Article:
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Former top special operations commander says Trump "needs to be held accountable"

Texts reveal White House pressure on Ukraine
Texts reveal Trump administration pressure on Ukraine 03:01

Retired Navy Admiral William McRaven, the former top commander of the U.S. Special Operations Command, believes President Trump "needs to be held accountable" for taking actions that don't uphold the "dignity" of the office of the presidency, he said in an interview with CBS News chief Washington correspondent Major Garrett in a special taping of "The Takeout" podcast at the Texas Tribune Festival.

"Every public servant who fails to do things that are moral, legal, and ethical, ought to be held accountable," said McRaven, who served under the administrations of George W. Bush and Barack Obama. McRaven is credited with organizing and overseeing the special operations raid which led to the death of Osama bin Laden in 2011, while McRaven was commander of Joint Special Operations Command.

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McRaven contrasted Bush and Obama with Mr. Trump, saying that while he didn't often agree with Mr. Trump's predecessors, they always "upheld the dignity of the office of the president of the United States."

"My concern with this president is ... I know that the things that he has done has not really comported with the dignity of the office of the president of the United States," McRaven said, pointing to Mr. Trump's call with Ukrainian president Volodymyr Zelensky in July, when he urged Zelensky to investigate former Vice President Joe Biden and his son, Hunter Biden.

However, McRaven stopped short of callling for Mr. Trump's impeachment, saying that that is a decision that must be made by Congress. The House has formally launched an impeachment inquiry against the president.

McRaven criticized Mr. Trump's "loose association with the truth," and accused him of lying to the American public.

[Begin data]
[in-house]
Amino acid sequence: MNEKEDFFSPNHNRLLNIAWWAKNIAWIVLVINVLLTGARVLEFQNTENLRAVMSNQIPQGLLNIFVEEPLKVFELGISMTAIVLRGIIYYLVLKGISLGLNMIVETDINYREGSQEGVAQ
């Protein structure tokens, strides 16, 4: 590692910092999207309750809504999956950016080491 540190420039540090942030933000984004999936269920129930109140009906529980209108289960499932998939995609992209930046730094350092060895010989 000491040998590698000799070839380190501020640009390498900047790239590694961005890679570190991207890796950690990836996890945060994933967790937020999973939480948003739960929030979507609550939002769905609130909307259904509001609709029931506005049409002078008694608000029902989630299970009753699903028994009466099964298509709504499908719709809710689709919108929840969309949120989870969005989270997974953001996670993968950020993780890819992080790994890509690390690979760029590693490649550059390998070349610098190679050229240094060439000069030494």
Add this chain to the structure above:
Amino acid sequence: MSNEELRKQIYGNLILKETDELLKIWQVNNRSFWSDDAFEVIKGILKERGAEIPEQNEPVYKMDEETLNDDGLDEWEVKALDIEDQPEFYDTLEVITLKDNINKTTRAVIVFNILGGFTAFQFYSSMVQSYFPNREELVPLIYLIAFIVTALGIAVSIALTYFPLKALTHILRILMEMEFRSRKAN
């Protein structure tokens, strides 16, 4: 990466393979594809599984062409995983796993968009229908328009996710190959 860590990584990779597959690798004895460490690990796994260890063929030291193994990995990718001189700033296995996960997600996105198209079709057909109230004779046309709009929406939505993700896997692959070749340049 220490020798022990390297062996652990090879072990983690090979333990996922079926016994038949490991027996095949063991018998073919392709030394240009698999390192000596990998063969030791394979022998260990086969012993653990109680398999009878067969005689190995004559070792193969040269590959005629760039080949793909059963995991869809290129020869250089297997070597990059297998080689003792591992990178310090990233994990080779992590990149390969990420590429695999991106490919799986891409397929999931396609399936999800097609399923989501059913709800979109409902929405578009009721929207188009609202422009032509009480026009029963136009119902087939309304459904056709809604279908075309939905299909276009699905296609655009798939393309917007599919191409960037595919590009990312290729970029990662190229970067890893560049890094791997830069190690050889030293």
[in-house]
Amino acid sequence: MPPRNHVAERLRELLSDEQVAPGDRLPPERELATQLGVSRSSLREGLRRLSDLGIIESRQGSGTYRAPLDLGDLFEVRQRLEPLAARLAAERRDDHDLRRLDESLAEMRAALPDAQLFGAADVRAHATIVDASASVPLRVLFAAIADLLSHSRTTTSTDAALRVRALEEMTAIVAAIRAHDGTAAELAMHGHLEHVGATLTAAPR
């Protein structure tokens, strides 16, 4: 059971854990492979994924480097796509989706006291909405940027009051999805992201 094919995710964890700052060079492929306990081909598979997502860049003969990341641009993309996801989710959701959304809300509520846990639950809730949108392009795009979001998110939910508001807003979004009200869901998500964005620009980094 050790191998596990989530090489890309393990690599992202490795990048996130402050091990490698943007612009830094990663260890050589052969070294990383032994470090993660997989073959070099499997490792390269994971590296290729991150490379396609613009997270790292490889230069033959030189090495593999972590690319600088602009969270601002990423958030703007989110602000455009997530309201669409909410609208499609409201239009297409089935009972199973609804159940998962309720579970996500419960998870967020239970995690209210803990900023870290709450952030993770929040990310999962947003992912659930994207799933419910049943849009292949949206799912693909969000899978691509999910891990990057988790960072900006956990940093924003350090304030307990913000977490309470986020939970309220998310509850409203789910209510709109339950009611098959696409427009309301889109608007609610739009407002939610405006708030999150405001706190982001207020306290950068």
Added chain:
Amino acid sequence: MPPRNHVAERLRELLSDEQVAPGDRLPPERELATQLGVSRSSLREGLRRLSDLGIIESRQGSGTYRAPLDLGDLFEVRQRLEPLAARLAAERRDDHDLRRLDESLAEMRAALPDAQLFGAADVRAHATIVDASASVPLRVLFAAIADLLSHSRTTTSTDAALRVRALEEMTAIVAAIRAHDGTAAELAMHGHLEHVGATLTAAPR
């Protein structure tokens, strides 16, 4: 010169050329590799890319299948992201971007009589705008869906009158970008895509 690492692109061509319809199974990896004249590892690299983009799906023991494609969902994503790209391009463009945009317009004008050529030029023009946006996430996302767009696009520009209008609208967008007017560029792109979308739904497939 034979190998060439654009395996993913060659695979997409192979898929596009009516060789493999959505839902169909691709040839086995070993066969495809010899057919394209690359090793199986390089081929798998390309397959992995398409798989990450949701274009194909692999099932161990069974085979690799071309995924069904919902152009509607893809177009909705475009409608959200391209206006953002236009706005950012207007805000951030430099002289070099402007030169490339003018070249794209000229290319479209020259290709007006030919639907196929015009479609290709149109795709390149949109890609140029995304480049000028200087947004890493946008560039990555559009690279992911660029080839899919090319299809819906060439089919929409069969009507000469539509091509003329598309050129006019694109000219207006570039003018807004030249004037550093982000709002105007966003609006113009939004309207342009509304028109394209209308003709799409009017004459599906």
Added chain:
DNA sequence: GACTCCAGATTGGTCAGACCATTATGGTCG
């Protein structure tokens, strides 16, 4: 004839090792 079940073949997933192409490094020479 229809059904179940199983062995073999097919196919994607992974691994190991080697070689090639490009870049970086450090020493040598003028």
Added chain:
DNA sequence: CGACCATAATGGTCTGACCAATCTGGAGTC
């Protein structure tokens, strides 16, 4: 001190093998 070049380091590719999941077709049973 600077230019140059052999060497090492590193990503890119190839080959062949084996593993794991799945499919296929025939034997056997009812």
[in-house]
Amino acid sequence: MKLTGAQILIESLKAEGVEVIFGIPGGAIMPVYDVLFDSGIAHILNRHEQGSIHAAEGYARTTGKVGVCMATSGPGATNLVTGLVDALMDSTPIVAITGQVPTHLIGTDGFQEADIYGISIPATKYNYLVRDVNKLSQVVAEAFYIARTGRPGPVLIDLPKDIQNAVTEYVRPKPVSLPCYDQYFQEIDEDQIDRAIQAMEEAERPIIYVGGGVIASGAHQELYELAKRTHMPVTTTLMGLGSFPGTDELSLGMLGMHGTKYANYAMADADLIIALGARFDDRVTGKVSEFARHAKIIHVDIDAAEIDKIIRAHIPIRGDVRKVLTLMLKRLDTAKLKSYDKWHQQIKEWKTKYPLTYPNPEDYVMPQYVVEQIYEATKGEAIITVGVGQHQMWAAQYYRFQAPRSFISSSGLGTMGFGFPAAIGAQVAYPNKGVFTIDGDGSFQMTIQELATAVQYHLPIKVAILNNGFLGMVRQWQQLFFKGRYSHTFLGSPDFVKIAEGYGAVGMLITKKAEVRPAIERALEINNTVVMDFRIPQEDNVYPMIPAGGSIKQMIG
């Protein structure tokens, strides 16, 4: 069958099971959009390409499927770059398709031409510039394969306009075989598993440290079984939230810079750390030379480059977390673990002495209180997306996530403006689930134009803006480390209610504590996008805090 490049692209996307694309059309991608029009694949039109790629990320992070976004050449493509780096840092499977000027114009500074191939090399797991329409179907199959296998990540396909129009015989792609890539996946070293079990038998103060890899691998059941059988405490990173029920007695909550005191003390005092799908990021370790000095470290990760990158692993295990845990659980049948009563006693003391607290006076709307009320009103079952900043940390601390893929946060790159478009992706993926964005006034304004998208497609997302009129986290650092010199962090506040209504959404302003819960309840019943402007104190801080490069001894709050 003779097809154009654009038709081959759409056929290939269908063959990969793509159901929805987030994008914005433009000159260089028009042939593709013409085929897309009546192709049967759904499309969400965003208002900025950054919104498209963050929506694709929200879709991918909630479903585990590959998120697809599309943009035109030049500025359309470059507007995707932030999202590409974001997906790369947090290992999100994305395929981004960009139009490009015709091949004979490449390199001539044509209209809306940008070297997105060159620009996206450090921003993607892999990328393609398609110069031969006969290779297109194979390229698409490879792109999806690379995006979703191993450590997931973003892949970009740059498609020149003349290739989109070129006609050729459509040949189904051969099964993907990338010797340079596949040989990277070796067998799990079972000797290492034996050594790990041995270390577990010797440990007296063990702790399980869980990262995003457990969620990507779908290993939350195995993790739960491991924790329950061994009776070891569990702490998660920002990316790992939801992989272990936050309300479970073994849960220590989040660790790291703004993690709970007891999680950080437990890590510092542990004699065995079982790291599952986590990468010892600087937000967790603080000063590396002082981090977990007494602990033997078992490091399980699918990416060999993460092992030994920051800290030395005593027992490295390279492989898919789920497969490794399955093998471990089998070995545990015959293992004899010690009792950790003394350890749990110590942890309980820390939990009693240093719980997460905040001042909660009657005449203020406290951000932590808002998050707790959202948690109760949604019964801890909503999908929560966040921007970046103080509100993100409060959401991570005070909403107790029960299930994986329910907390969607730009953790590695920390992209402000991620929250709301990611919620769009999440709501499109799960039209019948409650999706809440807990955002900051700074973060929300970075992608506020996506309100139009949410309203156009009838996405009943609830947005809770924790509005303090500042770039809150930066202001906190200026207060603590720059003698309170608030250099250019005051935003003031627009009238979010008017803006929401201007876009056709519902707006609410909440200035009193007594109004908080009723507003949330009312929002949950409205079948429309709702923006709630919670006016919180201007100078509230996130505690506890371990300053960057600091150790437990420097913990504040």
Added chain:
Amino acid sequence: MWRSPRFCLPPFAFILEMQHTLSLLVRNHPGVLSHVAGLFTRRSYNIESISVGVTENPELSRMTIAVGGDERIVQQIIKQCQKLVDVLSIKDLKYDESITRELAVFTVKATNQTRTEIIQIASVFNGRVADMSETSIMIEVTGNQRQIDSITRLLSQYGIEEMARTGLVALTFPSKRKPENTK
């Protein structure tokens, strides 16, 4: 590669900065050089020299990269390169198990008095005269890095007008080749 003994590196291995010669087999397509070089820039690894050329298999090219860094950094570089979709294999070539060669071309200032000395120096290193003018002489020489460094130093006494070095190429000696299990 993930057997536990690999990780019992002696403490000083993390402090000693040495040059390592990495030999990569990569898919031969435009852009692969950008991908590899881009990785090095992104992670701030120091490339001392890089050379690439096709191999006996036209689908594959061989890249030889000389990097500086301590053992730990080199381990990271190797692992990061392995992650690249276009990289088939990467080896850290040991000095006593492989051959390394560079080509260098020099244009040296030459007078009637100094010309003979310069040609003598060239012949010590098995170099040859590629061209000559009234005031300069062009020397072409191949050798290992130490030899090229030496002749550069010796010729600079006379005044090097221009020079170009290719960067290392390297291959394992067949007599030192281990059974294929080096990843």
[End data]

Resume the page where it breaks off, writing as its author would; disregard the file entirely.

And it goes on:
"The danger is, we lead the country down a path that no longer is this kind of beacon that the world is looking for," McRaven said.

In November, Mr. Trump targeted McRaven, accusing him of supporting Hillary Clinton in the 2016 election and faulting him for not capturing bin Laden sooner.

McRaven told CNN at the time that he was a "fan" of both Bush and Obama, having served under both of them, and said that he did not back anyone in the 2016 election.

"I admire all presidents, regardless of their political party, who uphold the dignity of the office and who use that office to bring the nation together in challenging times," McRaven said.

McRaven has also frequently criticized Mr. Trump for attacking the press.

For more of Major's conversation with William McRaven, download "The Takeout" podcast on  iTunesGooglePlaySpotify and Stitcher. New episodes are available every Friday morning. Also, you can watch "The Takeout" on CBSN Friday at 5pm, 9pm, and 12am ET and Saturday at 1pm, 9pm, and 12am ET. For a full archive of "The Takeout" episodes, visit And you can listen to "The Takeout" on select CBS News Radio affiliates (check your local listings).  

Producers: Arden Farhi, Katiana Krawchenko, Jamie Benson and Sara Cook
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